John Knox
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John Knox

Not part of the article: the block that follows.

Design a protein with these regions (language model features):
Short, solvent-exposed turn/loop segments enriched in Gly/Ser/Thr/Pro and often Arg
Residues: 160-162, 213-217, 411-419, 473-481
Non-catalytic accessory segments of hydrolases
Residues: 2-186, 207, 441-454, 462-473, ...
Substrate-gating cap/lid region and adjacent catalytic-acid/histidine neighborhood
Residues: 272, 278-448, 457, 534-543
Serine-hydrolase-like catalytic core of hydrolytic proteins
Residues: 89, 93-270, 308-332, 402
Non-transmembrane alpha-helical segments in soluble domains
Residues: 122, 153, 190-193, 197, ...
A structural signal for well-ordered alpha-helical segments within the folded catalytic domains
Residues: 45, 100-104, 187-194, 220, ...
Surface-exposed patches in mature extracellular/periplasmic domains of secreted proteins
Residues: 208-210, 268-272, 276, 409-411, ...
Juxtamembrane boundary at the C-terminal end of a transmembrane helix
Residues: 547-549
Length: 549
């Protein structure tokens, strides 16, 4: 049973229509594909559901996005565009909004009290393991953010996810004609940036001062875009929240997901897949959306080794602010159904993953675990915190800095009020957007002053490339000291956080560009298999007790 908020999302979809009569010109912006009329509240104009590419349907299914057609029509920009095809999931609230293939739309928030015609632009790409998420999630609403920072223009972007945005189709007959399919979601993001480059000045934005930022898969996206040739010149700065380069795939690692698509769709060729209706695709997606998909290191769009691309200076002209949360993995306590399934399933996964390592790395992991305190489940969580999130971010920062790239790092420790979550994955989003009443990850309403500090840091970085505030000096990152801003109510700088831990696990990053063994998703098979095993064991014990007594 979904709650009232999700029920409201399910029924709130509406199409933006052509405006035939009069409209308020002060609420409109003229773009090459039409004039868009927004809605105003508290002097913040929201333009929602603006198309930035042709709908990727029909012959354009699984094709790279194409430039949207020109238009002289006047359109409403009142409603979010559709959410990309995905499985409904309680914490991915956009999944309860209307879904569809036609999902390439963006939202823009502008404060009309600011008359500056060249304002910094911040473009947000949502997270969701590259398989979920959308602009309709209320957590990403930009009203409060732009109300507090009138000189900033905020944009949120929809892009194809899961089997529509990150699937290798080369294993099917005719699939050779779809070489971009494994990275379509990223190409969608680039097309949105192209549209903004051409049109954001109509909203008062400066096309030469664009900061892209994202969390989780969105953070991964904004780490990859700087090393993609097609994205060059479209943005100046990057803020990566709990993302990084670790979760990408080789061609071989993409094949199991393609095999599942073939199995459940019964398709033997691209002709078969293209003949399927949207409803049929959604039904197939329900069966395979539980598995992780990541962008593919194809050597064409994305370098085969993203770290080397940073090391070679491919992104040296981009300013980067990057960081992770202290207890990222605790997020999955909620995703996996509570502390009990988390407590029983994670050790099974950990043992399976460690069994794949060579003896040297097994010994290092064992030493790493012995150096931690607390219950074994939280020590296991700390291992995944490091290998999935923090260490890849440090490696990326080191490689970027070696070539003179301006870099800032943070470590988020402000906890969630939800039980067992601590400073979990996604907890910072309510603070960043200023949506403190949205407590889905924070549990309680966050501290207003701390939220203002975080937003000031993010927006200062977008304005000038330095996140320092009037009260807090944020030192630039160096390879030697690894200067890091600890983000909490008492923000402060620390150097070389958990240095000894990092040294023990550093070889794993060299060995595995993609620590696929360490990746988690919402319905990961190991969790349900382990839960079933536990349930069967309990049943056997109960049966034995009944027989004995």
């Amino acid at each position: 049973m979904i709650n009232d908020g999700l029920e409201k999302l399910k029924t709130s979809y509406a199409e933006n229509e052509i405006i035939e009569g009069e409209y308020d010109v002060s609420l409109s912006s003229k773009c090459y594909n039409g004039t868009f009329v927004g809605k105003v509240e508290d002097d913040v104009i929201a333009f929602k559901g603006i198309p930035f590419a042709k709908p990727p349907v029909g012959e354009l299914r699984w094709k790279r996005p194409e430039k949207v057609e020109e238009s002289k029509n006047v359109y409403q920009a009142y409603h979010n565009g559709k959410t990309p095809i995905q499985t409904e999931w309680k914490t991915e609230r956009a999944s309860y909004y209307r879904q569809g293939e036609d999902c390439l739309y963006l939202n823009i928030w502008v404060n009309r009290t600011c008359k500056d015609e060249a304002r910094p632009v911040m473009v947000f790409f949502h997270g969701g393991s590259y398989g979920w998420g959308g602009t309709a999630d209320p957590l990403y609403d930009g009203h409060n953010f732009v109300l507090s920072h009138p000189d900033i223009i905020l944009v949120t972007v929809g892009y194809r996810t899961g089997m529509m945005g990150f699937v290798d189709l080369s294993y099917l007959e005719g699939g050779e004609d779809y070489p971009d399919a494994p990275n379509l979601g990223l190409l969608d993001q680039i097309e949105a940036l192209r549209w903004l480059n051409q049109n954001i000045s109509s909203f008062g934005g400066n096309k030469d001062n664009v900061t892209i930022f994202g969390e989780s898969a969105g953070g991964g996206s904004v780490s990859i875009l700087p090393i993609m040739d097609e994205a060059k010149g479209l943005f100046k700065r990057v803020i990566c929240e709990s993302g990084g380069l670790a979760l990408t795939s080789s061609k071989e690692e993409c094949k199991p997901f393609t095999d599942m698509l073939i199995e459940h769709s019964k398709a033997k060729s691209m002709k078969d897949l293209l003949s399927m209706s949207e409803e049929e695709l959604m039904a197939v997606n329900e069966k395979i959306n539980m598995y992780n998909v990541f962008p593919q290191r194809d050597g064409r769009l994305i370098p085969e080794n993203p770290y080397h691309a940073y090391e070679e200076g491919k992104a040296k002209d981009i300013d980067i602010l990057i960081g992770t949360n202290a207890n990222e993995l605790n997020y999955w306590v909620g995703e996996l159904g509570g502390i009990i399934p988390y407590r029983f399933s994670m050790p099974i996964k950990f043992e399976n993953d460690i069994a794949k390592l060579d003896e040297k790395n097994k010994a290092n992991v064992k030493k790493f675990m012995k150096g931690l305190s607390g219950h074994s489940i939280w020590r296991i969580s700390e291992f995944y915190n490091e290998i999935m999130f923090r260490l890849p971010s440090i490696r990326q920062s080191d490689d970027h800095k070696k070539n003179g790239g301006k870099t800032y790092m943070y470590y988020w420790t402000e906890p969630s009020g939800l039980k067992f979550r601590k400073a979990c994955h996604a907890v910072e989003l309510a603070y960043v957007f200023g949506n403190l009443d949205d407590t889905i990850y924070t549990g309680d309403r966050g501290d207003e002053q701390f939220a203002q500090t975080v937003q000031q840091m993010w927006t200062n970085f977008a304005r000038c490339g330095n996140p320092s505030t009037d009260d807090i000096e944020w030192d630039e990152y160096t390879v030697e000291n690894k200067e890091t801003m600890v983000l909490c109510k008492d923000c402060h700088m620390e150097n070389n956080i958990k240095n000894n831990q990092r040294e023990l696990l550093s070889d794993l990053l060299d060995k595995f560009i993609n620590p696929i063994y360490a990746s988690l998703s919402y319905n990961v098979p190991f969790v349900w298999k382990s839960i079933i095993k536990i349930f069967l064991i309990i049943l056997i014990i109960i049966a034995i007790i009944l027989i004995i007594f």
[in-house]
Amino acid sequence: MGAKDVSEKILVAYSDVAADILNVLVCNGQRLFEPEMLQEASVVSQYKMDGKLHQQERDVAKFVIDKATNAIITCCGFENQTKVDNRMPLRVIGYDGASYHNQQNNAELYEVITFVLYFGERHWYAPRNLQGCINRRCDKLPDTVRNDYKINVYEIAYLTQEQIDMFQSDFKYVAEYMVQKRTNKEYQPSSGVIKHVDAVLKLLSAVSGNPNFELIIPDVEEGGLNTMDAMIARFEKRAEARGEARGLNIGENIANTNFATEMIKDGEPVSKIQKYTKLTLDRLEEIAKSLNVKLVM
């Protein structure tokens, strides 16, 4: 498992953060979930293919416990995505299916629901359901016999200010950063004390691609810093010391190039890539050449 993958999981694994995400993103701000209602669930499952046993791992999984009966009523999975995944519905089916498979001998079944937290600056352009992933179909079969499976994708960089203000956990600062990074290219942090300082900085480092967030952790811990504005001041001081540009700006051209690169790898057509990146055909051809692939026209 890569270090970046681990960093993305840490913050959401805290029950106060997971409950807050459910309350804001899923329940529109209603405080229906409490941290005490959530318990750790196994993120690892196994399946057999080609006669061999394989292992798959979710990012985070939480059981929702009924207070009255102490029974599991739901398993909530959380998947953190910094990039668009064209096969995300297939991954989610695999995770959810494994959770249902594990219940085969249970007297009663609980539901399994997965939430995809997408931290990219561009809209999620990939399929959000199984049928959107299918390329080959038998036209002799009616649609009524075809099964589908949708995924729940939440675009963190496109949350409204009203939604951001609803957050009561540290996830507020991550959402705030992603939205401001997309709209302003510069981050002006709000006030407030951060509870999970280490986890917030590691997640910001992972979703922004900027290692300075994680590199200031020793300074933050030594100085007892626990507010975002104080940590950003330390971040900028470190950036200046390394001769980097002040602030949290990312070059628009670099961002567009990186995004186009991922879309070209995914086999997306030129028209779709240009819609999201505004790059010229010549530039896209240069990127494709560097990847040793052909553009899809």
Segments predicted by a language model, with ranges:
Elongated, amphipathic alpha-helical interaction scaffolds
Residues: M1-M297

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The Project Gutenberg eBook, John Knox, by A. Taylor Innes This eBook is for the use of anyone anywhere at no cost and with almost no restrictions whatsoever. You may copy it, give it away or re-use it under the terms of the Project Gutenberg License included with this eBook or online at Title: John Knox Author: A. Taylor Innes Release Date: July 19, 2007 [eBook #22106] Language: English Character set encoding: ISO-8859-1 ***START OF THE PROJECT GUTENBERG EBOOK JOHN KNOX*** E-text prepared by Jordan, Thomas Strong, and the Project Gutenberg Online Distributed Proofreading Team ( JOHN:KNOX BY A: TAYLOR INNES FAMOUS SCOTS: SERIES PUBLISHED BY OLIPHANT ANDERSON & FERRIER EDINBVR AND LONDON The designs and ornaments of this volume are by Mr Joseph Brown, and the printing from the press of Messrs Turabull & Spears, Edinburgh. May 1896. CONTENTS CHAPTER I THE SCHOLAR AND PRIEST: H IS ENVIRONMENT CHAPTER II 9 THE C RISIS: SINGLE OR TWO -FOLD? CHAPTER III THE INNER LIFE: H IS WOMEN FRIENDS CHAPTER IV THE PUBLIC LIFE: TO THE PARLIAMENT OF 1560 CHAPTER V THE PUBLIC LIFE: LEGISLATION AND C HURCH PLANS CHAPTER VI THE PUBLIC LIFE: THE C ONFLICT WITH QUEEN MARY CHAPTER VII C LOSING YEARS AND D EATH 25 48 65 95 117 144 CHAPTER I [Pg 9] THE SCHOLAR AND PRIEST: HIS ENVIRONMENT Contents The century now closing has redeemed Knox from neglect, and has gathered around his name a mass of biographical material. That material, too, includes much that is of the nature of self-revelation, to be gleaned from familiar letters, as well as from his own history of his time. Yet, after all that has been brought together, Knox remains to many observers a mere hard outline, while to others he is almost an enigma—a blur, bright or black, upon the historic page. There is one real and great difficulty. For the first forty years of his life we know absolutely nothing of the inner man. Yet at forty most men are already made. And in the case of this man, from about that date onwards we find the character settled and fixed. Henceforward, during the whole later life with its continually changing drama, Knox remains intensely and unchangeably the same. It is the contrast, perhaps the crisis, which is worth studying. The contrast, indeed, is not unprecedented. More than one Knox-like prophet, in the solemn days of early faith, 'was in the desert until the time of his shewing unto Israel'; and not the polished shaft only, but the rough spear-head too, has remained hid in the shadow of a mighty hand until the very day when it was launched. But each such case impels us the more to inquire, What was it after all which really made the man who in his turn made the age? [Pg 10] [Pg 11] Knox was born in or near Haddington in 1505. Of his father, William Knox, and his mother, whose maiden name was Sinclair, nothing is known, except that the parents of both belonged to that district of country, and had fought under the standard of the House of Bothwell. We shall never know which of the two contributed the insight or the audacity, the tenacity or the tenderness, the common-sense or the humour, which must all have been part of Knox's natural character before it was moulded from without. His father was of the 'simple,' not of the gentle, sort; possibly a peasant, or frugal cultivator of the soil. But he saved enough to send one of his two sons, John, now in the eighteenth year of his age, and having, no doubt, received his earlier education in the excellent grammar school of Haddington, to the University of Glasgow. Haddington was in the diocese of St Andrews, but a native of Haddington, John Major, was at this time Regent in Glasgow. He had brought from Paris, four years before, a vast academical reputation, and Knox now 'sat as at his feet' during his last year of teaching in Glasgow. In 1523, however, Major was transferred to St Andrews, and there he taught theology for more than a quarter of a century, during the latter half of which time he was Provost or Head of St Salvator's College. Whether Knox at any time followed him there does not appear. Beza, Knox's earliest biographer, thought he did. But Beza's information as to this portion of the life, though apparently derived from Knox's colleague and successor,[1] is so extremely confused as to suggest that the Reformer was equally reticent about it to those nearest him as he has chosen to be to [Pg 12] posterity. For nearly twenty years of manhood, indeed, Knox disappears from our view. And when, in 1540, he emerges again in his native district, it is as a notary and a priest. 'Sir John Knox' he was called by others, that being the style by which secular priests were known, unless they had taken not only the bachelor's but also the master's degree at the University.[2] Knox in after years never alluded to his priesthood, though his adversaries did; but so late as 27th March 1543 he describes himself in a notarial deed in his own handwriting as 'John Knox, minister of the sacred altar, of the Diocese of St Andrews, notary by Apostolical authority.' Apostolical means Papal, the notarial authority being transmitted through the St Andrews Archbishop; and Knox at this time does not shrink from dating his notarial act as in such a year 'of the pontificate of our most holy Father and Lord in Christ, the Lord Paul, Pope by the Providence of God.' Only three years later, in 1546, he was carrying a two-handed sword before Wishart, then in danger of arrest and condemnation to the stake at the hands of the same Archbishop Beaton under whom Knox held his orders. And in the following year, 1547, Knox is standing in the Church of St Andrews, and denouncing the Pope (not as an individual, though the Pope of that day was a Borgia, but) as the official head of an Anti-Christian system. This early blank in the biography raises questions, some of which will never be answered. We do not know at all when Knox took priest's orders. It was almost certainly not before 1530, for it was only in that year that he became eligible as being twenty-five years old. It may possibly have been as late as 1540, when his name is first found in a deed. In that and the two following years he seems to have resided at Samuelston near Haddington, and may have officiated in the little chapel there. But he was also at this time acting as 'Maister' or tutor to the sons of several gentlemen of East Lothian, and he continued this down to 1547, the time of his own 'call' to preach the Evangel. Nor do we know whether the change in his views, which in 1547 was so complete, had been sudden on the one hand or gradual and long prepared on the other. Knox's own silence on this is very remarkable. A man of his fearless egoism and honesty might have been expected to leave, if not an autobiography like those of Augustine and Bunyan, at least a narrative of change like the Force of Truth of Thomas Scott, or the Apologia of John Henry Newman. He has not done so; indeed, the author who preserved for us so much of that age, and of his own later history in it, seems for some reason to have judged his whole earlier period unworthy of record—or even of recal. For we find no evidence of his having been more confidential on this subject with any of his contemporaries than he has been with us. This certainly suggests that the change may have been very recent —determined, perhaps, wholly through the personal influence of Wishart, whom Knox so affectionately commemorates. Or, if it was not recent, it is extremely unlikely that it can have been detailed, vivid, and striking, as well as prolonged. Knox was not the man to suppress a narrative, however painful to himself, which he could have held to be in a marked degree to the glory of God or for the good of men. But whatever the reason was, the time past of his life sufficed this man for silence and self-accusation. We may be sure that it would have done so (and perhaps done so equally), no matter whether those twenty years had been spent in the complacent routine of a rustic in holy orders; in the dogmatism, defensive or aggressive, of scholastic youth; in fruitless efforts to understand the new views of which he was one day to be the chief representative; or in half-hearted hesitation whether, after having so far [Pg 13] [Pg 14] understood them, he could part with all things for their sake. Which of these positions he held, or how far he may have passed from one to another, we may never be able to ascertain. But there is one too clear indication that Knox disliked, not only to record, but even to recal, his life in the Catholic communion. His greatest defect in after years, as a man and a writer, is his inability to sympathise with those still found entangled in that old life. He absolutely refuses to put himself in their place, or to imagine how a position which was for so many years his own could be honestly chosen, or even honestly retained for a day, by another. This would have been a misfortune, and a moral defect, even in a man not naturally of a sympathetic temper. But Knox, as we shall see, was a man of quick and tender nature, and had rather a passion for sympathising with those who were not on the other side of the gulf he thus fixed. And this one-sided incapacity for sympathy must certainly be connected with his one-sided reticence as to the earlier half of his own autobiography. Incapacity to sympathise with persons entangled in a system is one thing, and disapproval of that system, or even violent rejection of it, is another. Knox, as is well known, broke absolutely with the church system in which he was brought up. What was that system, and what was Knox's individual outlook upon the Church—first, of Western Europe, and secondly of Scotland? We know at least that Knox, before breaking with the church system of mediæval Europe, was for twenty years in close contact with it. And his was no mere external contact such as Haddington, with its magnificent churches and monasteries, supplied. It commenced with study, and with study under the chief theological teacher of the land and the time. Major was the last of the scholastics in our country. But the energy of thought of scholasticism, marvellous as it often was, was built upon the lines and contained within the limits of an already existing church system. And that system was an authoritative one in every sense. The hierarchy which governed the Church, and all but constituted it, was sacerdotal; that is, it interposed its own mediation at the point where the individual meets and deals with God. But it interposed correspondingly at every other point of the belief and practice of the private man, enforcing its doctrine upon the conscience, and its direction upon the will, of every member of the church. Nor was the system authoritative only over those who received or accepted it. Originally, indeed, and even in the age when the faith was digested into a creed by the first Council, the emperor, himself an ardent member of the Church, left it free to all his subjects throughout the world to be its members or not as they chose. But that great experiment of toleration lasted less than a century. For much more than a thousand years the same faith, slowly transformed into a church system under the central administration of the Popes, had been made binding by imperial and municipal law upon every human being in Europe. Major, not only by his own earlier writings, but as the representative in Scotland of the University of Paris, recalled to his countrymen the great struggle of the Middle Age in favour of freedom—and especially of church freedom against the Popes. That struggle indeed had Germany rather than France for its original centre, and it was under the flag of the Empire that the progressive despotism of Hildebrand and his successors over the feudal world was chiefly resisted. The Empire, however, was now a decaying force. Europe was being split into [Pg 15] nationalities; and national churches—a novelty in Christendom—were, under various pretexts, coming into existence. For the last two centuries France had thus been the chief national opponent of the centralising influence of Rome, and the University of Paris was, during that time, the greatest theological school in the world. As such it had maintained the doctrine that the church universal could have no absolute monarch, but was bound to maintain its own selfgovernment, and that its proper organ for this was a general council. And in the early part of the fifteenth century, when the schism caused by rival Popes had thrown back the Church upon its native powers, the University of Paris was the great influence which led the Councils of Constance and of Basle, not only to assert this doctrine, but to carry it into effect. But Major, when Knox met him, represented in this matter a cause already lost. Even in the previous century the decrees of the reforming Councils were at once frustrated by the successors of the Popes whom they deposed, and in this sixteenth century a Lateran Council had already anticipated the Vatican of the nineteenth by declaring the Pope to be supreme over Council and Church alike. Even the anti-Papal Councils themselves, too, were exclusively hierarchical, and accordingly they opposed any independent right on the part of the laity, as well as all serious enquiries into the earlier practice and faith of the Church. So at Constance the Chancellor of Paris, Doctor Christianissimus as well as statesman and mystic, compensated for his successful pressure upon Rome by helping to send to the stake, notwithstanding the Emperor's safeconduct, the pure-hearted Huss. The result was that, even before the time of Major, the expectation, so long cherished by Europe, of a great reform through a great Council had died out. And the University of Paris, instead of continuing to act in place of that coming Council as 'a sort of standing committee of the French, or even of the universal, Church,'[3] had become a reactionary and retarding power. It opposed Humanism, and was the stronghold of the method of teaching which the new generation knew as 'Sophistry.' It opposed Reuchlin, and was preparing to oppose Luther, and to urge against its own most distinguished pupils the law of penal fire. It continued to oppose the despotism of the Pope, but it did so rather from the standpoint of a narrow and nationalist Gallicanism, based largely upon the counter-despotism of the King. This selfish policy attained in Major's own time its fitting result and reward. The despotic King and despotic Pope found it convenient for their interests to partition between them the 'liberties' of the Gallican Church; and by the Concordat of Bologna in 1516, Leo gained a huge revenue from the ecclesiastical endowments of France, while Francis usurped the right of nominating all its bishops. The University, as well as the Parliaments, resisted, and Major, who now lectured in the Sorbonne as Doctor in Theology, and had become famous as a representative of the anti-Papal school of Occam, took his share in the work. He was preparing for publication a Commentary on the Gospel of Matthew, and he now added to it four Disputations against the arbitrary powers of Popes and Bishops, and especially against the authority of Popes in temporal matters over Kings, and in spiritual matters over Councils. It was all in vain. In 1517 the University was forced by the Crown to submit, after a protest of the broadest kind;[4] and in 1518 Major returned to his native country a famous teacher, but a defeated churchman. Yet the grave fact for Scotland was that Major and his old University, and the Western hierarchy everywhere, henceforward practically acquiesced in their own defeat. A greater question [Pg 16] [Pg 17] [Pg 18] had arisen, and one which they were unwilling to face. On the other side of the Rhine, Luther and his friends now claimed for the individual Christian the same kind of freedom against Councils and Bishops which the previous century had claimed for Councils and Bishops against Popes. Paris took the lead in opposition to the new Evangel by its Academic decrees of 1521. And when Major, in 1530, republished his Commentary, he not only omitted from it his Disputations against Papal absolutism, but dedicated it to Archbishop James Beaton as the 'supplanter' and 'exterminator' of Lutheranism, and, above all, as the judge who, amid the murmurings of many, had recently[5] and righteously condemned the nobly-born Patrick Hamilton. It may be well thus to represent to ourselves what must have been the outlook into the Western Church of Major, or of any one who looked through Major's eyes, in that year 1523. But I think it very unlikely that Knox could have derived from such an outlook, or from Major in any aspect, a serious impulse to his career as Reformer. Knox no doubt learned from him scholastic logic, and turned it in later days with much vigour to his own purposes. Major, too, may have unconsciously revealed to his pupils with how much hope the former generation had looked forward to a council. We find afterwards that Knox and his friends, like Luther in his earlier stages, when appealing against the hierarchy, sometimes appealed to a General Council. But neither side regarded this as serious. It would have been more important if we could have shown that Major transmitted to his pupil the opposition maintained for centuries by his university to an ultramontane Pontiff as the hereditary opponent of all Church freedom and all Church reform. But Luther and the German Reformers had already exaggerated this view, so far as to suggest that the usurping chief of the Church must be the scriptural Antichrist. And their views, brought direct to Scotland by men like Hamilton, had, as we have seen, immensely increased the reaction in the mind of Major, which was begun abroad before 1518. It is, indeed, curious to notice how in his later writings the old university feeling against tyranny in the Church almost disappears, while the equally old and honourable feeling of the learned Middle Age, and especially of its universities, against the tyranny of kings and nobles, finds expression alike in his history and his commentaries. Buchanan, who proclaimed to all Europe the constitutional rights, even against their sovereign, of the people of Scotland, and Knox, the 'subject born within the same,' who was destined to translate that Radical theory so largely into fact, were both taught by Major. And they may well have been much influenced on this side by a man who had long before written that 'the original and supreme power resides in the whole of a free people, and is incapable of being surrendered,' insomuch that an incorrigible tyrant may always be 'deposed by that people as by a superior authority.'[6] For even Fergus the First, he narrates, 'had no right' other than the nation's choice, and when Sir William Wallace was yet a boy, he was taught by his Scottish tutor to repeat continually the rude inspiring rhyme, 'Dico tibi verum Libertas optima rerum.'[7] These views as to the rights of man, and of Scottish men, may well have fanned, or even kindled, the strong feeling of independence in secular matters and as a citizen, which burned in the breast of Knox. But as to spiritual matters and the Church universal, the only feelings which we can imagine Major, on his return from abroad, to have impressed upon the younger man from Haddington are a despair of reform, and a disbelief in revolution. [Pg 19] [Pg 20] [Pg 21] Let us turn, therefore, from abroad to the Church at home. It is admitted on all hands that the clergy of this age in Scotland were extraordinarily corrupt in life, a reproach which applied eminently to the higher ranks and the representative men. But corruption of churchmen is always a symptom of deeper things. It does not appear that Scotland was much influenced by the spirit of the Renaissance, whether you apply that term to the intellectual passion for both knowledge and beauty which spread over most parts of Europe during the three previous centuries, or to the more specific and half-Pagan culture which in some parts of Europe was the result. It may be more important to observe that the Church in Scotland had not enjoyed any period of inward religious revival —any which could be described as native to it or original. On the contrary its great epoch had been its transformation, through royal and foreign influence, into the likeness of English and continental civilisation, as civilisation was understood in the Middle Age. And that transformation in the days of Queen Margaret and her sons was accompanied, and to a large extent compensated, by a less desirable incorporation into the western ecclesiastical system. The later 'coming of the Friars' had not the same powerful effect in the remote north which it had in some other realms. And in any case that impulse too had long since yielded to a strong reaction, and the preachers were now regarded with the disgust with which mankind usually resent the attempt to manipulate them by external means without a real message. But there were two great sources of ruin to the Scottish church, both connected with its relation to a powerful aristocracy. One was the extraordinary extent to which its high offices were used as sinecures for the favourites, and the sons of favourites, of nobles and of kings. This did not tend to impoverish the church; on the contrary, it made it an object to all the great families to keep up the wealth on which they proposed that their unworthy scions should feed. 'In proportion to the resources of the country the Scottish clergy were probably the richest in Europe.'[8] But the wealth, accumulated in idle and unworthy hands, was now a scandal to religion, and a constant fountain of immorality. Still worse was the extent to which that wealth was in Scotland diverted from its best uses to the less desirable side—the monastic side—of the mediæval church. In the revival which came from England before the twelfth century, a great impulse had been given to the parochialising of the country, and to keeping up religious life in every district and estate. But a prejudice running back to very early centuries branded the parish priests as seculars, and gradually drew away again the devotion and the means of the faithful from the parishes where they were needed, and to which they properly belonged. It drew them away, in Scotland, not only to rich centres like cathedrals, with their too wasteful retinue, but far more to the great monasteries scattered over the land. Kings and barons, who proposed to spend life so as to need after its close a good deal of intercession, naturally turned their eyes, even before death-bed, to these wealthy strongholds of poverty and prayer; and of a hundred other places besides Melrose, we know 'That lands and livings, many a rood, had gifted the shrine for their soul's repose.' But the transfer, to such centres, of lands (which were supposed, by the feudal law, to belong to chiefs rather than to the community), was not so direct an injury to the people of Scotland, as the alienation to the same institutions of parochial tithes—sometimes under the form of alienating the churches to which the tithes were paid. These parochial tithes all possessors of land in the parish were bound by law to pay, whether they desired it or not. And, strictly, they should have been paid to the pastor of the